The Character of Capitalism

Ludwig Von Mises was the person who convinced me that a society with a minimal state could actually work. Therefore, I am ashamed to admit that it has taken me a rather long time to finally read his most political book.

Liberalism’ affirmed many things that I already believe. Yet, there were some sections of that treatise that I found peculiar. Throughout Liberalism Mises rejects the notion that capitalism makes brainless automatons of once free and proud workers.

During the late nineteenth and early twentieth century, this alleged cold-hearted mechanisation appears to be amongst the primary criticisms that capitalism’s opponents heap upon it.

One of Karl Marx’s most renowned bugbears about capitalism was that it ‘alienated’ workers from the finished product of their labour.  The theory of alienization was an essential part of the Marxist mantra for around a century after ‘The Moor’ first floated this idea in the 1840s.

If we fast forward slightly, a slew of stinging critiques on brainless mechanisation were put forward. William Morris decried the ubiquity of industrial society in Victorian Britain. Thorstein Veblen’s Theory of the Leisure Class (1899) bashed capitalism for sapping the US elite of authentic taste. Resulting in a vacuous game of status seeking nonsense. Upton Sinclair’s The Jungle (1906) entertained readers with grisly (and almost totally false) stories of how the meat packing industry treats once living creatures with a cold callousness. Similar revulsion was initially piled on Henry Ford and his assembly line factories. Before the method was adopted enthusiastically the USSR.

It was these critiques that Mises was addressing. But somewhere towards the end of the twentieth century, the line of attack against capitalism changed.

Today’s detractors of free enterprise take a very different line. They do not argue that capitalism is lifeless, on the contrary; they argue that it is an institution comprised of raw feral emotion.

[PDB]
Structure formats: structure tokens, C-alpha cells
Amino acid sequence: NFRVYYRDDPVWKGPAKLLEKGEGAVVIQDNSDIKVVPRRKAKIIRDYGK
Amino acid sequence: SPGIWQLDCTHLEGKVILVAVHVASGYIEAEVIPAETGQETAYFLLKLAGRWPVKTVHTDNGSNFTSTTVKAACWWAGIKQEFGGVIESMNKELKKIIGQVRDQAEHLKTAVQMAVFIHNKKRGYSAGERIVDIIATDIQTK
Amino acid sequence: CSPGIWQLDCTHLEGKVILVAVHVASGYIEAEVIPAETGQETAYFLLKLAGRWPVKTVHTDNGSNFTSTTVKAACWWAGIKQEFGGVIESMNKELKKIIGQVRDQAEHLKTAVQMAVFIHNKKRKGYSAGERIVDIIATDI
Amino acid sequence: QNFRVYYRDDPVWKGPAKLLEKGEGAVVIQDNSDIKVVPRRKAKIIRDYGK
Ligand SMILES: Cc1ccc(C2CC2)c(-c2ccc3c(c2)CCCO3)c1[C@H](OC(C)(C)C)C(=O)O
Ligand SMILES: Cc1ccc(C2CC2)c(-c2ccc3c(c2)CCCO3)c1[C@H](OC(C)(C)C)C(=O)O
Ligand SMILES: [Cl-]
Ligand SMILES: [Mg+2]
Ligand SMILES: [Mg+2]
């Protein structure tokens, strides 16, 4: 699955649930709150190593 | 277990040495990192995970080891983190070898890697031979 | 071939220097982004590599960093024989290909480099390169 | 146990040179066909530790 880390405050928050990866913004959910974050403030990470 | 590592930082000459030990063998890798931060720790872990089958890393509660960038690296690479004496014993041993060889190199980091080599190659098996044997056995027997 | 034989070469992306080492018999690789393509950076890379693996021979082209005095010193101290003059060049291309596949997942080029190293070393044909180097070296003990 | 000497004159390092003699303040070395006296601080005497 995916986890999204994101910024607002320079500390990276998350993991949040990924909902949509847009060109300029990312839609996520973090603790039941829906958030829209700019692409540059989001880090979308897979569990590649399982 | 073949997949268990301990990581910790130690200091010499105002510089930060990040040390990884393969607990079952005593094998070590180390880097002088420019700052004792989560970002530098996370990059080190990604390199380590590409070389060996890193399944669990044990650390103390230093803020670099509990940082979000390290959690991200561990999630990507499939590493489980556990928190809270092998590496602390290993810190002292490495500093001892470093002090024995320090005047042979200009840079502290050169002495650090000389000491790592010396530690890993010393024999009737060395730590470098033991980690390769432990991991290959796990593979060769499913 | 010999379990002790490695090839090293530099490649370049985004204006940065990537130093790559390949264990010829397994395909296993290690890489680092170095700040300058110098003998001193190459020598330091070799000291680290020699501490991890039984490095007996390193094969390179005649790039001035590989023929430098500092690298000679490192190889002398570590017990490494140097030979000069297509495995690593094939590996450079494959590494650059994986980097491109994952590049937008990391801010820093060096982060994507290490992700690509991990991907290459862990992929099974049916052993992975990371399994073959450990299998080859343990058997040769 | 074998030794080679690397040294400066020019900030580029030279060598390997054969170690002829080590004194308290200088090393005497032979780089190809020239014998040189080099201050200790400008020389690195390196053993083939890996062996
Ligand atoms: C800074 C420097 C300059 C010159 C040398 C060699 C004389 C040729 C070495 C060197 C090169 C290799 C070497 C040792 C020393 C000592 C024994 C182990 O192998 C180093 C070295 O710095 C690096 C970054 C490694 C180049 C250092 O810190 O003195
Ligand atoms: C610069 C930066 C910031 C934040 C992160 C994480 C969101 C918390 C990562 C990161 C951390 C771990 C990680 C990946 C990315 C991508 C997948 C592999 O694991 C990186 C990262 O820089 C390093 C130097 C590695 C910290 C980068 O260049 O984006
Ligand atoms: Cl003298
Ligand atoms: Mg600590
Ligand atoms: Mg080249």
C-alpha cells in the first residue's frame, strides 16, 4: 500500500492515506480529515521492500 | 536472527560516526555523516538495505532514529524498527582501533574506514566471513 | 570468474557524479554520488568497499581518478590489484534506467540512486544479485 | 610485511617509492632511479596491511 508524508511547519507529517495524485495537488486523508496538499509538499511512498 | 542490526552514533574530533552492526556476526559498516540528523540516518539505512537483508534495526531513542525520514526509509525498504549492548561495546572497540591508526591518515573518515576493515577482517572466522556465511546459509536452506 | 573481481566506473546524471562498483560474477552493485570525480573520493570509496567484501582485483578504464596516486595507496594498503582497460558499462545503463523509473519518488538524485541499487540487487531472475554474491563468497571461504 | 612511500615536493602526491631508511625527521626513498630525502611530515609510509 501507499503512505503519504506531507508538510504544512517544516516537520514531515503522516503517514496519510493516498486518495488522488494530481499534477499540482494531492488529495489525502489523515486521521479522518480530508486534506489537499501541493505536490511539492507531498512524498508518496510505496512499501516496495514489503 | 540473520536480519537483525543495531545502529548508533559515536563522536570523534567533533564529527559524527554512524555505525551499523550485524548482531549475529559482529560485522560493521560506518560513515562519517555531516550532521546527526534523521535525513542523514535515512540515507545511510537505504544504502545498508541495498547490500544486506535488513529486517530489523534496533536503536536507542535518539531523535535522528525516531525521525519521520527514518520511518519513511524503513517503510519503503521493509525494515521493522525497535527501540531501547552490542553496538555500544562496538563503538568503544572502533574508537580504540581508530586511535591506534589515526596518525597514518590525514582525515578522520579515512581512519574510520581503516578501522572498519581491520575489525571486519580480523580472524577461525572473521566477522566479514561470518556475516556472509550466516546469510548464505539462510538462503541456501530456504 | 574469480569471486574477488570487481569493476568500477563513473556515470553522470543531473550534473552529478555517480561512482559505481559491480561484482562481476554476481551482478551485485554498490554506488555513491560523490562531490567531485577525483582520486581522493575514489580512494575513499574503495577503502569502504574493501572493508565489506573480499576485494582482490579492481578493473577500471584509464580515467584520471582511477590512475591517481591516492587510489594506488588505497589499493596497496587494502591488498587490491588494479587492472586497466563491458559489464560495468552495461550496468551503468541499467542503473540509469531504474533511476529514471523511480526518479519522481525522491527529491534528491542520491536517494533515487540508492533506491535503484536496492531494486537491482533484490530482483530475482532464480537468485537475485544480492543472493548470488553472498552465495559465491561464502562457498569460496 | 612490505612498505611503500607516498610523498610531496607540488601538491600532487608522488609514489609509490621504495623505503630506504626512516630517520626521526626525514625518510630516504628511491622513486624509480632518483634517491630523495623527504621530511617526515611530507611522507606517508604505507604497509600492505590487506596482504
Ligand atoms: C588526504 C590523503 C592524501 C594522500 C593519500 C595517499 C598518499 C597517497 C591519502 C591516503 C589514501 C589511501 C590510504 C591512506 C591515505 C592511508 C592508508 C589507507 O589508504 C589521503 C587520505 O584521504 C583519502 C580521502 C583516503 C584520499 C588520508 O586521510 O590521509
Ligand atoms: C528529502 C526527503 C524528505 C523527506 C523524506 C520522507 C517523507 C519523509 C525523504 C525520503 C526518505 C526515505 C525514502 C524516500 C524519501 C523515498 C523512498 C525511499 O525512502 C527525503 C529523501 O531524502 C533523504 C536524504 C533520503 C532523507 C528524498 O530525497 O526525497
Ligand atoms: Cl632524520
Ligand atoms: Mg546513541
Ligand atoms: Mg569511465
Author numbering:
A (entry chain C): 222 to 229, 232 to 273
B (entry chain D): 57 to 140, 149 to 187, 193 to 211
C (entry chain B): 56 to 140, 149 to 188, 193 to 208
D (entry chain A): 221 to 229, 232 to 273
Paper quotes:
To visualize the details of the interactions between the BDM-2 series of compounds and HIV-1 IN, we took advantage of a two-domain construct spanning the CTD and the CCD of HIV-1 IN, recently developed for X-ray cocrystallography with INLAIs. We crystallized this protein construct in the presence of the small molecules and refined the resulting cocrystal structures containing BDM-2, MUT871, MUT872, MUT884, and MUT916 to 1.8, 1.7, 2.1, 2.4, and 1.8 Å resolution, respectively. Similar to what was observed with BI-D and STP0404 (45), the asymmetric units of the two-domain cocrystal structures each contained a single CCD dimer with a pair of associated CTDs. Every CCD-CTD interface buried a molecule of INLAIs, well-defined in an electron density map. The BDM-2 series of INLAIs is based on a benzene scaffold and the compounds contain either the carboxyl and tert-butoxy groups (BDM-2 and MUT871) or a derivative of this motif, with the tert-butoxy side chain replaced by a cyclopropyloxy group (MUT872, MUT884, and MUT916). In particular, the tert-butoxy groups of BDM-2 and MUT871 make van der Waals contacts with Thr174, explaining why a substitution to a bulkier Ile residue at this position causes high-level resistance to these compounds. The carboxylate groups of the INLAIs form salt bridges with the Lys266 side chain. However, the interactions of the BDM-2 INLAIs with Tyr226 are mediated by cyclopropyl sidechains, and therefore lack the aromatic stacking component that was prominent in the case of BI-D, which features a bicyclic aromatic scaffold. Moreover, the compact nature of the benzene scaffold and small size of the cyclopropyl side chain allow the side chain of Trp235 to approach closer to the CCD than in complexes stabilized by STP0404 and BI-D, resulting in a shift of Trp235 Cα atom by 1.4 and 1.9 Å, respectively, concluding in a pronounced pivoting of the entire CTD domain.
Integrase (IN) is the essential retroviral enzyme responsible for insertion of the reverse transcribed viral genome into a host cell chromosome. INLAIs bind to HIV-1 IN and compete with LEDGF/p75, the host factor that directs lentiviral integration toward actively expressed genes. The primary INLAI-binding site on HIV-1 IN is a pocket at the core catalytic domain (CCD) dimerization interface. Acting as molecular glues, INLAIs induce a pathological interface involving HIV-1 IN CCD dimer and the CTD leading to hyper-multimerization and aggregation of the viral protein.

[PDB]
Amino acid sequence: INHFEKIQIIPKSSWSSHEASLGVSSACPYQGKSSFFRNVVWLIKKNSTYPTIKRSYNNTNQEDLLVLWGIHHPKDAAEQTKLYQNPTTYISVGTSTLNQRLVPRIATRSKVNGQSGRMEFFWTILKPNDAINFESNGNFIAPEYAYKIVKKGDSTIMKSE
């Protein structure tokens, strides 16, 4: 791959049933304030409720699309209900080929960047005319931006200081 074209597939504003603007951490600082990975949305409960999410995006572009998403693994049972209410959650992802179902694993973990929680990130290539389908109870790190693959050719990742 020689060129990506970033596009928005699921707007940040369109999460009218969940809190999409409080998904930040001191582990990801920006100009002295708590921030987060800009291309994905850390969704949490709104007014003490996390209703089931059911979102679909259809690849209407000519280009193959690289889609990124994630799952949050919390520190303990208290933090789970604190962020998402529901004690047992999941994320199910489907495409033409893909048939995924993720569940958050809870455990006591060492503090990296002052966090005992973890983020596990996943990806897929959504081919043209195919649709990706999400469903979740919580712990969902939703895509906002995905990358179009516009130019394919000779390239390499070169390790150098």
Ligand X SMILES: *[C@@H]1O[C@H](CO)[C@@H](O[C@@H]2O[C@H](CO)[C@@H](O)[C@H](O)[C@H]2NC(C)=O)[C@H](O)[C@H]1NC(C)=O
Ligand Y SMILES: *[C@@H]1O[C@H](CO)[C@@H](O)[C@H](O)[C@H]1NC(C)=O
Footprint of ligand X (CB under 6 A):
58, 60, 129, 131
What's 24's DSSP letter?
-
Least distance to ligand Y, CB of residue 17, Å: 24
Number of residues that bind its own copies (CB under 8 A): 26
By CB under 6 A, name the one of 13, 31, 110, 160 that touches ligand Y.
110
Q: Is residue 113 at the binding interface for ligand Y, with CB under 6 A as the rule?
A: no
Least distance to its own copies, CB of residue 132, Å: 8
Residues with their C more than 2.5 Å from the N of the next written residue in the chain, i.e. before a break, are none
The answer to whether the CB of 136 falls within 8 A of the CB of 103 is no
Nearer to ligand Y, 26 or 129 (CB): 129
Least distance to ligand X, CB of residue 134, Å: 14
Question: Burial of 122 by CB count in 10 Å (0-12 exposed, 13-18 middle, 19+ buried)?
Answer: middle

Capitalism’s enemies today regard it as a bestial force. They claim that it rapes the earth, crushes the disadvantaged and tears communities apart. Put simply- the supposed character of capitalism has changed. It is no longer a bureaucratic automaton but a selfish insatiable animal.

The story that explains why this change happened is perhaps best left for another day. But acknowledging the transition is important.

As somebody who was born in the late twentieth century. It always puzzled me that older Marxists railed against the dehumanising impact of capitalism. Whereas today, it gets associated with peoples untamed wild instincts.

So what do we do with this information?

The architects of liberalism set their views down on paper long before the last decades of the twentieth century. Mises, Hayek and Milton Friedman were important and insightful academics in their time. But the debate has moved on slightly since then.

This does not mean we should dispense with those that made free-market ideas what they are today. Through their works, those who call themselves libertarians can already see that capitalism is not a rapacious monster. In fact, it would lead to a society that promotes the greater well-being of its inhabitants.

The notion that capitalism would create robots of us all has dramatically failed to materialise. The new challenge for liberal minded folk should be to make it explicit why more freedom equals kinder, positive and moral society.

There is a gap in the market here waiting to be filled.


  1. The idea of alienation indeed goes back a long way – indeed it goes back to the 1700s in German thought, and there is some truth in it. Yes Paul does not always argue with German thinkers.